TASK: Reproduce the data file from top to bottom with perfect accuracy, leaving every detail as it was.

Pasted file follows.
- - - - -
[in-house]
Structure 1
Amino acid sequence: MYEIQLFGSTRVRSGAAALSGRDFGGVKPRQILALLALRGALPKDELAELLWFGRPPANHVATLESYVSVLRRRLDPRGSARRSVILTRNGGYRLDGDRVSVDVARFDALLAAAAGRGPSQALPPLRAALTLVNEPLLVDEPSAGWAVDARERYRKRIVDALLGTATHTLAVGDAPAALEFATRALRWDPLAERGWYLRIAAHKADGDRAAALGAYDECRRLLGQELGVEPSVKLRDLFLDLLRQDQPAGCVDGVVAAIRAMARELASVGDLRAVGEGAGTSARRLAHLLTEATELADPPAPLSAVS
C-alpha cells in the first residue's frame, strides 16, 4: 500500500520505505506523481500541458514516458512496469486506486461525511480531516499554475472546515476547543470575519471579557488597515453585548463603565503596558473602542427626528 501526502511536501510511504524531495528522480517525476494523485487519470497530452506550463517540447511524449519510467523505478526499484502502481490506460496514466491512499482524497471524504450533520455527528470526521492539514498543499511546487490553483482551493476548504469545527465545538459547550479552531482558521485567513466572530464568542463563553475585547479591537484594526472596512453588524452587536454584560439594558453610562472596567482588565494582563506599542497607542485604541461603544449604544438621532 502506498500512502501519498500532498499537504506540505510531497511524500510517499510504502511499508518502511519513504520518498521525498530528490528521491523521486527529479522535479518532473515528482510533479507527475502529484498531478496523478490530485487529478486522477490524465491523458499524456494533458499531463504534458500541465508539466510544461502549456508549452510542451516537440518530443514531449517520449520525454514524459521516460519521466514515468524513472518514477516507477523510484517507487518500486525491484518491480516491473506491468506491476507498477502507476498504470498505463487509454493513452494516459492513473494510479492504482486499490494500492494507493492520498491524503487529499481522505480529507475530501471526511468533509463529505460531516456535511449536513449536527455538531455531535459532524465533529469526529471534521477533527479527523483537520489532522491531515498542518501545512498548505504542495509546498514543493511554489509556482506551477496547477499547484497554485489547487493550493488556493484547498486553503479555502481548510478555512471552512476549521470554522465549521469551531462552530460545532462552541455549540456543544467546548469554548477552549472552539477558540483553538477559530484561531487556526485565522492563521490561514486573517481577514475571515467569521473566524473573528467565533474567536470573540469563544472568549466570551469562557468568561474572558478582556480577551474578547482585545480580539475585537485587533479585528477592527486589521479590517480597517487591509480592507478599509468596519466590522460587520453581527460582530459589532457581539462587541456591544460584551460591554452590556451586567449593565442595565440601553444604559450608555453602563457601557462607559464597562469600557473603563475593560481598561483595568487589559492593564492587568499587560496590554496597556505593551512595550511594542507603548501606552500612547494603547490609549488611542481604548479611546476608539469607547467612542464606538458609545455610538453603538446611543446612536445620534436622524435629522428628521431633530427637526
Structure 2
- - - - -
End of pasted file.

[in-house]
Structure 1
Amino acid sequence: MYEIQLFGSTRVRSGAAALSGRDFGGVKPRQILALLALRGALPKDELAELLWFGRPPANHVATLESYVSVLRRRLDPRGSARRSVILTRNGGYRLDGDRVSVDVARFDALLAAAAGRGPSQALPPLRAALTLVNEPLLVDEPSAGWAVDARERYRKRIVDALLGTATHTLAVGDAPAALEFATRALRWDPLAERGWYLRIAAHKADGDRAAALGAYDECRRLLGQELGVEPSVKLRDLFLDLLRQDQPAGCVDGVVAAIRAMARELASVGDLRAVGEGAGTSARRLAHLLTEATELADPPAPLSAVS
C-alpha cells in the first residue's frame, strides 16, 4: 500500500520505505506523481500541458514516458512496469486506486461525511480531516499554475472546515476547543470575519471579557488597515453585548463603565503596558473602542427626528 501526502511536501510511504524531495528522480517525476494523485487519470497530452506550463517540447511524449519510467523505478526499484502502481490506460496514466491512499482524497471524504450533520455527528470526521492539514498543499511546487490553483482551493476548504469545527465545538459547550479552531482558521485567513466572530464568542463563553475585547479591537484594526472596512453588524452587536454584560439594558453610562472596567482588565494582563506599542497607542485604541461603544449604544438621532 502506498500512502501519498500532498499537504506540505510531497511524500510517499510504502511499508518502511519513504520518498521525498530528490528521491523521486527529479522535479518532473515528482510533479507527475502529484498531478496523478490530485487529478486522477490524465491523458499524456494533458499531463504534458500541465508539466510544461502549456508549452510542451516537440518530443514531449517520449520525454514524459521516460519521466514515468524513472518514477516507477523510484517507487518500486525491484518491480516491473506491468506491476507498477502507476498504470498505463487509454493513452494516459492513473494510479492504482486499490494500492494507493492520498491524503487529499481522505480529507475530501471526511468533509463529505460531516456535511449536513449536527455538531455531535459532524465533529469526529471534521477533527479527523483537520489532522491531515498542518501545512498548505504542495509546498514543493511554489509556482506551477496547477499547484497554485489547487493550493488556493484547498486553503479555502481548510478555512471552512476549521470554522465549521469551531462552530460545532462552541455549540456543544467546548469554548477552549472552539477558540483553538477559530484561531487556526485565522492563521490561514486573517481577514475571515467569521473566524473573528467565533474567536470573540469563544472568549466570551469562557468568561474572558478582556480577551474578547482585545480580539475585537485587533479585528477592527486589521479590517480597517487591509480592507478599509468596519466590522460587520453581527460582530459589532457581539462587541456591544460584551460591554452590556451586567449593565442595565440601553444604559450608555453602563457601557462607559464597562469600557473603563475593560481598561483595568487589559492593564492587568499587560496590554496597556505593551512595550511594542507603548501606552500612547494603547490609549488611542481604548479611546476608539469607547467612542464606538458609545455610538453603538446611543446612536445620534436622524435629522428628521431633530427637526
Structure 2